How to keep your company car tax bill low
Hints and tips on how to pay less company car tax without breaking any rules...
Nobody likes paying tax. But make some smart choices about your next company car, and you can keep your next benefit-in-kind (BIK) tax bill to a minimum.
The easiest way to cut your company car tax bill is to choose an electric car.
Time is running out to take advantage of the 0% tax band for 2020/21, but with a 1% rating in 2021/22 and a 2% banding in 2022/23, an electric company car is an absolute steal.
Avoid expensive options
Company car drivers pay tax on a portion of the car's price for tax purposes, often referred to as the P11d.
This is the on-the-road price, less the cost of registration and the first year's car tax. It's crucial to remember that the cost of option is included. Start ticking lots of option boxes on the order form and the P11d value will rise – and so will your tax bill.
Instead, look for a car that's well equipped as standard and keenly priced.
Choose a fleet-specific model
Some manufacturers introduce specification levels aimed at business drivers.
For example, Vauxhall offers the Grandland X in Business Edition Nav specification, with a low list price so company car drivers will enjoy lower tax bills.
On paper it's cheaper than the SE Premium entry-level car, although retail customers will be able to buy the other models in the range at a healthy discount, whereas the fleet-specific model is already pegged at a likely transaction price. It's a sleight of hand that makes the Business Edition Nav a tax-efficient choice.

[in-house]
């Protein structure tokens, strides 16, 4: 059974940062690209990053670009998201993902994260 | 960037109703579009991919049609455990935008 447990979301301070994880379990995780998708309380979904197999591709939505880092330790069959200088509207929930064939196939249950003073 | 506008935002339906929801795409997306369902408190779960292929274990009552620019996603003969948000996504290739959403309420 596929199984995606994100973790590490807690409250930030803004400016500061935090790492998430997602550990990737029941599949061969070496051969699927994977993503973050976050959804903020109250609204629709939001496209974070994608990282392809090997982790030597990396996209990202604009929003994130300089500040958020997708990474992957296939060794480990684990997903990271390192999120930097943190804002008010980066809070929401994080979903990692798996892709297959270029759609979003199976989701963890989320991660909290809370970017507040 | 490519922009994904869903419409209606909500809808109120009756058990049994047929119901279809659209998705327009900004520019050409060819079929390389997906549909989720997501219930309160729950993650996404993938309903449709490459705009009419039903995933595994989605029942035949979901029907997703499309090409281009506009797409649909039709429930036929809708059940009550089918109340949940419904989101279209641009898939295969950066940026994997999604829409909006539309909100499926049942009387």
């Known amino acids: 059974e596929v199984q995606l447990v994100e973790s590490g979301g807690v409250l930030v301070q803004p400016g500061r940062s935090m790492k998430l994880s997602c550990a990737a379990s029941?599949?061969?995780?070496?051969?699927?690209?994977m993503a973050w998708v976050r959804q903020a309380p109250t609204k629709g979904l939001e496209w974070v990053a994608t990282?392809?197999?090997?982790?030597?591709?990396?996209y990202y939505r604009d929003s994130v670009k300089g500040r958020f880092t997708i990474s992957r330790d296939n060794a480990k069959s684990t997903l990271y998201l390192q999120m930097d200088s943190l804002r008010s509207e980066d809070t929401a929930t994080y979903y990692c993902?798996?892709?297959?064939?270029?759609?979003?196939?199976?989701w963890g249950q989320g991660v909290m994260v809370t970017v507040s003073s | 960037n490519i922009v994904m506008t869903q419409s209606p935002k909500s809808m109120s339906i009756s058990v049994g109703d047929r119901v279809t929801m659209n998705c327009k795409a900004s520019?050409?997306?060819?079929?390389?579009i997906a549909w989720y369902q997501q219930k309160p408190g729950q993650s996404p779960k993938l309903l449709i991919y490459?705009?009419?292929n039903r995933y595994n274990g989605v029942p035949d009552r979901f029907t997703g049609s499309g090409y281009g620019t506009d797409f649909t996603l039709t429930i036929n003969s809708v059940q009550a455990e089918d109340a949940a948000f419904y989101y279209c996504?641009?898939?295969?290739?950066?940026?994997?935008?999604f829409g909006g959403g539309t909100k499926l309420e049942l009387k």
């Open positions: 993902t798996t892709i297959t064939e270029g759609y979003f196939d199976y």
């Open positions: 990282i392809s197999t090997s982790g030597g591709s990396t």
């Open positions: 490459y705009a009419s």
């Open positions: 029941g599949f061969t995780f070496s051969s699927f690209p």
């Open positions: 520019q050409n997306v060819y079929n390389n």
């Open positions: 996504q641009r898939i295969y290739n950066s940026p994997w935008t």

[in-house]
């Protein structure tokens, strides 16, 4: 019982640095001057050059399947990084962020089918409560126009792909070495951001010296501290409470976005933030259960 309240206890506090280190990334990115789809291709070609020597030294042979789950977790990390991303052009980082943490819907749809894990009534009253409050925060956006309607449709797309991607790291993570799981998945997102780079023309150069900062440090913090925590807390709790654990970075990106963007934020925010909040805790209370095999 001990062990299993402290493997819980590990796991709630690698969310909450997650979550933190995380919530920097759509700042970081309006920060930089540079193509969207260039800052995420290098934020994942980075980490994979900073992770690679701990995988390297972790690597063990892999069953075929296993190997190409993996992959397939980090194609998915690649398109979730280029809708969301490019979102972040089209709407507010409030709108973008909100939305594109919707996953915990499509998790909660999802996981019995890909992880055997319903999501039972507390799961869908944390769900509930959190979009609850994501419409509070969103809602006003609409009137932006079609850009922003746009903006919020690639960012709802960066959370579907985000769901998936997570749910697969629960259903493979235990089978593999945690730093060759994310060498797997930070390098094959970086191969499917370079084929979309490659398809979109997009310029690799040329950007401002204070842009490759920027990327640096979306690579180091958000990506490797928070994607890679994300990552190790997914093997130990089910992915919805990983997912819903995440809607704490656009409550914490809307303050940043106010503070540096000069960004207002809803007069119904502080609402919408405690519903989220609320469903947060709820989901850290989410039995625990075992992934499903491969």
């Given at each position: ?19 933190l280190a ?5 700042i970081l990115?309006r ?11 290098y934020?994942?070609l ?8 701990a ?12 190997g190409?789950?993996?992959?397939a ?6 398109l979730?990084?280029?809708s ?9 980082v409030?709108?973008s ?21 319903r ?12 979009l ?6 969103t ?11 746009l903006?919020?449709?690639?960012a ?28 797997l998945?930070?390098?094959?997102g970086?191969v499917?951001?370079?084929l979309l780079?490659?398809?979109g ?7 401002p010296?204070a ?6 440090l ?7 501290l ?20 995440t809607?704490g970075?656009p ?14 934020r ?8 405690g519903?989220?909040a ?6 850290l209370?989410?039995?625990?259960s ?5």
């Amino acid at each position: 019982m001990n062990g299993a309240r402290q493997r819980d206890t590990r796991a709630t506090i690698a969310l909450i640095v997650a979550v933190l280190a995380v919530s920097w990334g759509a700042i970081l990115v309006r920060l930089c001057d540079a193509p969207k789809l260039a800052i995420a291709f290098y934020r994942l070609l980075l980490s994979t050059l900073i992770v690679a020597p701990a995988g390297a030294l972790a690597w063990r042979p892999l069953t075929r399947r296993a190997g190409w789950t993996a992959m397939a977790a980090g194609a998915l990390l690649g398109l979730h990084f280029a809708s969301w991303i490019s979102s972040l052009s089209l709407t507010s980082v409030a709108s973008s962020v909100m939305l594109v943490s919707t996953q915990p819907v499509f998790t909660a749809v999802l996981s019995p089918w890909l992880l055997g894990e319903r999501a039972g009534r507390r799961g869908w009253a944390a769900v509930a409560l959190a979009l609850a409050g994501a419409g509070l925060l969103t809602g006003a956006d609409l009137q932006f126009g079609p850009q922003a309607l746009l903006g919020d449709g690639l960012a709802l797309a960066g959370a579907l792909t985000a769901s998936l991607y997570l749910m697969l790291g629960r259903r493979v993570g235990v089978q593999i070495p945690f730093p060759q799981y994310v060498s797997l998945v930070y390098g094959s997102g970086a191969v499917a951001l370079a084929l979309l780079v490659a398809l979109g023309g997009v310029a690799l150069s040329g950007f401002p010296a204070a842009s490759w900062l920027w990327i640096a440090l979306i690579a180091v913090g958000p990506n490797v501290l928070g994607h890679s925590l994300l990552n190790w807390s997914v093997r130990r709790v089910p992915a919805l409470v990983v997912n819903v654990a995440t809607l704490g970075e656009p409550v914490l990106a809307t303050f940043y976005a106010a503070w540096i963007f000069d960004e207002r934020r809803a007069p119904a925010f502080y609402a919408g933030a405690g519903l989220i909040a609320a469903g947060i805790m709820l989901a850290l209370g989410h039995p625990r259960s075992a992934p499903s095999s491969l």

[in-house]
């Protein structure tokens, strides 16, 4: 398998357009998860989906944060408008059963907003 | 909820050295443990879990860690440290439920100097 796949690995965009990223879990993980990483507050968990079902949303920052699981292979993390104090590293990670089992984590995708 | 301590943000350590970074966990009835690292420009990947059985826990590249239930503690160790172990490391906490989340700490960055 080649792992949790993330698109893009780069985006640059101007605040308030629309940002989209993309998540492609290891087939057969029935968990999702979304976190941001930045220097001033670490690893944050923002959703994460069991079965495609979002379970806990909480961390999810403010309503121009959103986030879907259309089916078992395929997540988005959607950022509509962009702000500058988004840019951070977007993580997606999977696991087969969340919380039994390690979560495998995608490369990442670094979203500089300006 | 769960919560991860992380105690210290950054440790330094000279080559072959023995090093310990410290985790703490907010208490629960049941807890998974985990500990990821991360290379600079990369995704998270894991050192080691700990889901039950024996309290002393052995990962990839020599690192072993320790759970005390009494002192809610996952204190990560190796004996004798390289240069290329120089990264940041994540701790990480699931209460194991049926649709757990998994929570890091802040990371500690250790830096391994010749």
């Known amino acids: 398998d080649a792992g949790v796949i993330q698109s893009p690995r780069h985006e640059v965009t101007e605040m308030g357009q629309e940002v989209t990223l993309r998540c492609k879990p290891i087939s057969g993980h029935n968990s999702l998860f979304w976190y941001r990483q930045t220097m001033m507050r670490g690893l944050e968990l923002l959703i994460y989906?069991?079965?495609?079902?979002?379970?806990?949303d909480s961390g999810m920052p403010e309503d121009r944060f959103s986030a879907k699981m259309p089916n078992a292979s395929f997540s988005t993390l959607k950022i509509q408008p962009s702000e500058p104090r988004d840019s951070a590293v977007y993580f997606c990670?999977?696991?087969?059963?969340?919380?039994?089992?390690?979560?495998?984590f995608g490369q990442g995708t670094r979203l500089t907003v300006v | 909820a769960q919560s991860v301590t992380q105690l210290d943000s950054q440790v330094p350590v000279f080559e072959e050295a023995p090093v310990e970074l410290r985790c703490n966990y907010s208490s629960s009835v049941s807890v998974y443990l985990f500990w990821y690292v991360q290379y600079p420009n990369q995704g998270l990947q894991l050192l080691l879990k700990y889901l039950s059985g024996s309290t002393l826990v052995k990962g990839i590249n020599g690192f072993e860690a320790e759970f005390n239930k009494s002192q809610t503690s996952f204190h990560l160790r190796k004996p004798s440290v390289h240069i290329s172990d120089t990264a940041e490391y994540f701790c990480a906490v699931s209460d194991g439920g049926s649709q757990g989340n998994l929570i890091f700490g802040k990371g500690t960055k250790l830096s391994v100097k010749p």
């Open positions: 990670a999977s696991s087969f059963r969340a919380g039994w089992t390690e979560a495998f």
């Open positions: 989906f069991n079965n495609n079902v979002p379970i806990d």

Don't specify big alloys
Under the WLTP emissions tests, manufacturers quote a range of CO2 figures for mechanically similar cars. Equipment that adds weight, drag, or rolling resistance will increase emissions.
So however purposeful they look, be wary of specifying a car with larger alloys. This generally pushes up CO2 emissions by a few grams per kilometre.
For example, the Audi Q3 35 TDI S tronic Technik rides on 17-inch alloys, and emits 141g/km of CO2. The Q3 35 TDI S tronic Vorsprung has the same engine and gearbox, but fills the wheelarches with 20-inch alloy wheels. It emits 154g/km, enough to push the car up by two tax bands.
Use a pool car
When is a company car not a company car? When it's a pool car.
A pool car that you use for business miles, but which isn't available for commuting or private mileage, isn't considered a benefit. No benefit, no benefit-in-kind tax.
Of course, this means you'll need to find another way to get around when you're not at work. But if you live close to the office, especially if you have shopping and leisure facilities on your doorstep, a true company car could be an expense you can live without.
This solution won't be for everyone, but if you rarely need a car you may be better off joining a car club or hiring a car when you need one.
Drive a pick-up
Double-cab pick-ups can be workhorses in the week and family cars at the weekend. What's more, because they are classed as light commercial vehicles they are taxed differently to an ordinary passenger car.
So long as a pick-up has a payload of at least a tonne and is available for private miles as well as business use, the driver pays tax on £3490 (2020/21 tax year). So for a 40% taxpayer, a pick-up will set them back £116.33 per month.
Let's compare that with a regular SUV. A Kia Sportage 1.6 CRDi 48v Mild Hybrid GT Line manual emits 154g/km, and sits in the 33% tax band for 2020/21. With a P11d value of £27,320, that means a monthly bill for a 40% taxpayer of £300.52. So by choosing the pick-up instead, you'd be better off by £184.19 per month.
Even the best pick ups can seem a bit crude compared with a regular SUV or family car, but that's quite a saving...